Completing a second M40 grenade now:
This is how projects grow on you. Originally I wanted to make one grenade, in order to learn the lathe. But to get the one, I had to fashion a decent drawing. And the drawing is good enough to want to share it. And if it is shared in the form of an Instructable, then I get another free class....in some new machine I'll then need a project to learn on!
And to make the Instructable, I need to document a build:
I just snapped pictures at the lathe while I was building, so the lighting is far from optimal. And I've still got another couple of hours to finish this one, plus more hours finishing the instructable itself, for which I've been drawing a lot of diagrams in addition:
I also started a thread over at the RPF, and one member has already enquired whether I intend to do a run.
At this point, I'd have to say I don't know. On the technical side, I do not feel I am doing finish-quality work yet. There are things I don't understand, and worse; my suspicion is that getting a really good, mass-produced look is something that takes a whole new level of skill; the skills of having done this for years, not for weeks.
On the merchandizing side, the second one looks to be taking about seven hours. Which includes photography. With a few tweaks and tools and the increased efficiencies of producing several at a time I think I could get that down to under five hours, but you also have to fold in the surrounding costs; materials purchase, transport, organizing the work slots, etc.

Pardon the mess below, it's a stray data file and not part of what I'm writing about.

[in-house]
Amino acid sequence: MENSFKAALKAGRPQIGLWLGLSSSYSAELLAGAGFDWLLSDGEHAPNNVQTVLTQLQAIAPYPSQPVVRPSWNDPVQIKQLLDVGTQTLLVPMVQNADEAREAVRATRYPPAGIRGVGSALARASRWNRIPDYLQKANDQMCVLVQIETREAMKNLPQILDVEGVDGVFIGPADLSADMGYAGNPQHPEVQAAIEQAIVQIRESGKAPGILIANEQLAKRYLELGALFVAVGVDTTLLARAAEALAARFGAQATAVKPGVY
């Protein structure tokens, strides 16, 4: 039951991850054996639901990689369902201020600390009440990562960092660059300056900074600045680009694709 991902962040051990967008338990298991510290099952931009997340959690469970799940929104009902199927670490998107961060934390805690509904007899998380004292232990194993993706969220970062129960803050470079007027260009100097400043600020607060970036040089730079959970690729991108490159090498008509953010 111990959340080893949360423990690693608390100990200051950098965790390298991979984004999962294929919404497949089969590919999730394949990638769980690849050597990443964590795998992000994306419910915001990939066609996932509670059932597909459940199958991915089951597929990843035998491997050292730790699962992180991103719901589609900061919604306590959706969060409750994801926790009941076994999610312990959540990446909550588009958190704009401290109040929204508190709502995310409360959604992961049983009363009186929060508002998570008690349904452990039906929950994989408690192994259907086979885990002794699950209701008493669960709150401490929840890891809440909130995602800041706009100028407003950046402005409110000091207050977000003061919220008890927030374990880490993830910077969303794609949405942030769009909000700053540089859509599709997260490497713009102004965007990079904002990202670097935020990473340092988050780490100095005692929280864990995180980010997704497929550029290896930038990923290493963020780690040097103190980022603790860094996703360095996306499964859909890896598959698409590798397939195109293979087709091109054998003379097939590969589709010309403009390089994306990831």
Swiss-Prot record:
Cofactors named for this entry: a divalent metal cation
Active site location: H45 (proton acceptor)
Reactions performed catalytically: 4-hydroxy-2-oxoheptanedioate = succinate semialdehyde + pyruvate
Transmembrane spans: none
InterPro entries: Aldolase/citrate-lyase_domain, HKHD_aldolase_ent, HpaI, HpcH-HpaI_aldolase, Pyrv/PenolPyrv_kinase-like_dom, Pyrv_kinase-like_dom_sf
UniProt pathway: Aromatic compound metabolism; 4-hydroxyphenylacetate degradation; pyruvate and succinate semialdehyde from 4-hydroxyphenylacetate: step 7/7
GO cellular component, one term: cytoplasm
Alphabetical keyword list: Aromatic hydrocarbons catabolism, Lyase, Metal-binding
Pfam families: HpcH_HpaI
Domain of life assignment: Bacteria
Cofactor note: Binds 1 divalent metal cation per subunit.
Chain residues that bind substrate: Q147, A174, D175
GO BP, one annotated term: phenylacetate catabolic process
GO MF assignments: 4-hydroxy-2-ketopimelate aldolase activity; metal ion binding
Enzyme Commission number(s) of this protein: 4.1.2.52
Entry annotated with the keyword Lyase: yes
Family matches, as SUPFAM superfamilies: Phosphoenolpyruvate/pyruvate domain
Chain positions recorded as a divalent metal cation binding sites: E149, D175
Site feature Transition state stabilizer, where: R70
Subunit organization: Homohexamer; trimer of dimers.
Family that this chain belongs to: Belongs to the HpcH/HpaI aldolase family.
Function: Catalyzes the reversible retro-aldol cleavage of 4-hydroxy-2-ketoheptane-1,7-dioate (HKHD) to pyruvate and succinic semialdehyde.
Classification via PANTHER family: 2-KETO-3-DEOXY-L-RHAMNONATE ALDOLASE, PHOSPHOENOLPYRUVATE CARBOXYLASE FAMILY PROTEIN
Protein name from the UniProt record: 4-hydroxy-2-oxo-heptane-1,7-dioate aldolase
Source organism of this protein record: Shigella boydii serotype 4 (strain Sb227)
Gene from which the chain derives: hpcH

When I break down my current work I get different numbers. By hourly, it is ridiculously low to work the run of a show -- as low as six bucks an hour (depending on whether you fold design and run together, or split the fees and time). On a per-service basis, about forty bucks a service, and that lines up fairly well with going out, doing four hours of work, going home.
On either of these hourly estimates, the construction price per grenade, with materials, comes out between $60-$80. Since I already had my fun building one, there would of course have to be some profit involved. Include shipping costs too, and I doubt I could provide one to anyone else for much under $125.
Which is something to think about, but I have other paying work at the moment. I am not exactly hurting for hours. Hurting for work that pays a decent rate per hour, on the other hand...!
Oh; the new holocron pieces have been lased. Now I just have to assemble the thing, and finish programming.